Her Majesty’s Prison (HMP) Jamestown is currently trialling the use of Pet Therapy within the prison.

Prison Therapists around the world use animals to encourage a positive way of life, as well as to improve aspects such as low self-esteem, forming better relationships with others, communication deficiencies, health and wellbeing.

Prison Manager, Heidi Murray, said:

“We have been lucky enough to have a member of the team, whose dog Pip, has been coming in to the prison over the last few months. Pip is a dog who loves to be patted and fussed over, so she was a natural for coming in to the prison and spending time with the men in our care. The impact is already proving to be a positive one, as she has provoked conversation from prisoners who find communication difficult, and her calm and placid temperament means that some who are not used to dealing with dogs, have become more confident when approaching her.”

Studies have shown that animal assisted therapy programmes within the prison system have a major effect on prisoner rehabilitation. They foster life-enhancing skills such as coping skills, community rehabilitation, responsibility, and enhance the quality of prison life. Focusing solely on punishment will not work for the rehabilitation of offenders. The approach to rehabilitation has to have many strands for it to be effective, and pet therapy is one of the methods being adopted by HMP Jamestown.

HMP Jamestown has now, working alongside Senior Veterinary Officer Joe Hollins, introduced a kitten to the prison. Named Rainbow, the kitten will remain in HMP Jamestown for a four-month probationary period in the first instance. This will allow HMP Jamestown to ascertain whether they are able to deal with the demands of a young kitten, that no-one has allergies in relation to Rainbow, and that they are able to maintain the animal’s health and welfare.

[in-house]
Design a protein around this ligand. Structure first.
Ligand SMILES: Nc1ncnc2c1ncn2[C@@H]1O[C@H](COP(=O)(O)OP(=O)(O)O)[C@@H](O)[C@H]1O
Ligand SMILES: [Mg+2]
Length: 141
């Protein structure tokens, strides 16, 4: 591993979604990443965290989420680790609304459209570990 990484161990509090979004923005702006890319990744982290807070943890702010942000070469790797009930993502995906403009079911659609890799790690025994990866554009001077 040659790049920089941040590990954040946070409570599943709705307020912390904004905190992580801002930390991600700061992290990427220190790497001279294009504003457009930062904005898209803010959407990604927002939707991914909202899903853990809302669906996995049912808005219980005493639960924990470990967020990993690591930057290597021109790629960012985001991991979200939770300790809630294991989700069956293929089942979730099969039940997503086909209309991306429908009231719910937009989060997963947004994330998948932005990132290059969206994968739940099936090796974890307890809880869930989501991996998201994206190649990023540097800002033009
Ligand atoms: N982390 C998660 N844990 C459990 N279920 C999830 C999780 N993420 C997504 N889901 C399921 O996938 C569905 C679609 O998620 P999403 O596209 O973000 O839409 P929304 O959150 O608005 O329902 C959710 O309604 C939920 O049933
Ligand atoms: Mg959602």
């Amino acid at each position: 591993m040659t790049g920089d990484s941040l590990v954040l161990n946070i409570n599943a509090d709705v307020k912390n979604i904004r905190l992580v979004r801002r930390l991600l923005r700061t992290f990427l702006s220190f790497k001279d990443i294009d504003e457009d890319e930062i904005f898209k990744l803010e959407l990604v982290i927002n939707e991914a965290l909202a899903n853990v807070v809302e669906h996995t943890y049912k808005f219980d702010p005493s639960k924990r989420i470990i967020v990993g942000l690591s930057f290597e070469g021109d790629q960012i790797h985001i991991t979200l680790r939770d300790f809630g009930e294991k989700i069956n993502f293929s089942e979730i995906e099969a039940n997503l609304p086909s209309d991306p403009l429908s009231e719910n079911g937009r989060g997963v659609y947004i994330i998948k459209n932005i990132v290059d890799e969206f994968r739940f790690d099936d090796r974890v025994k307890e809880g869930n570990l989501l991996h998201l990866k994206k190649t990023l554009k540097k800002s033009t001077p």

Heidi added:

“Rainbow is already making a big difference to the prison and appears to be very comfortable in his surroundings. His health and welfare is being taken care of by some of our longer-term residents, and hopefully this will provide them with all the benefits that come with animal assisted therapy programmes.

“Added to the benefits for the prisoners, Rainbow was a kitten who could very well have faced the unthinkable if a new home had not been found for him. So hopefully this will be a successful situation all round.”

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SHG
15 May 2019

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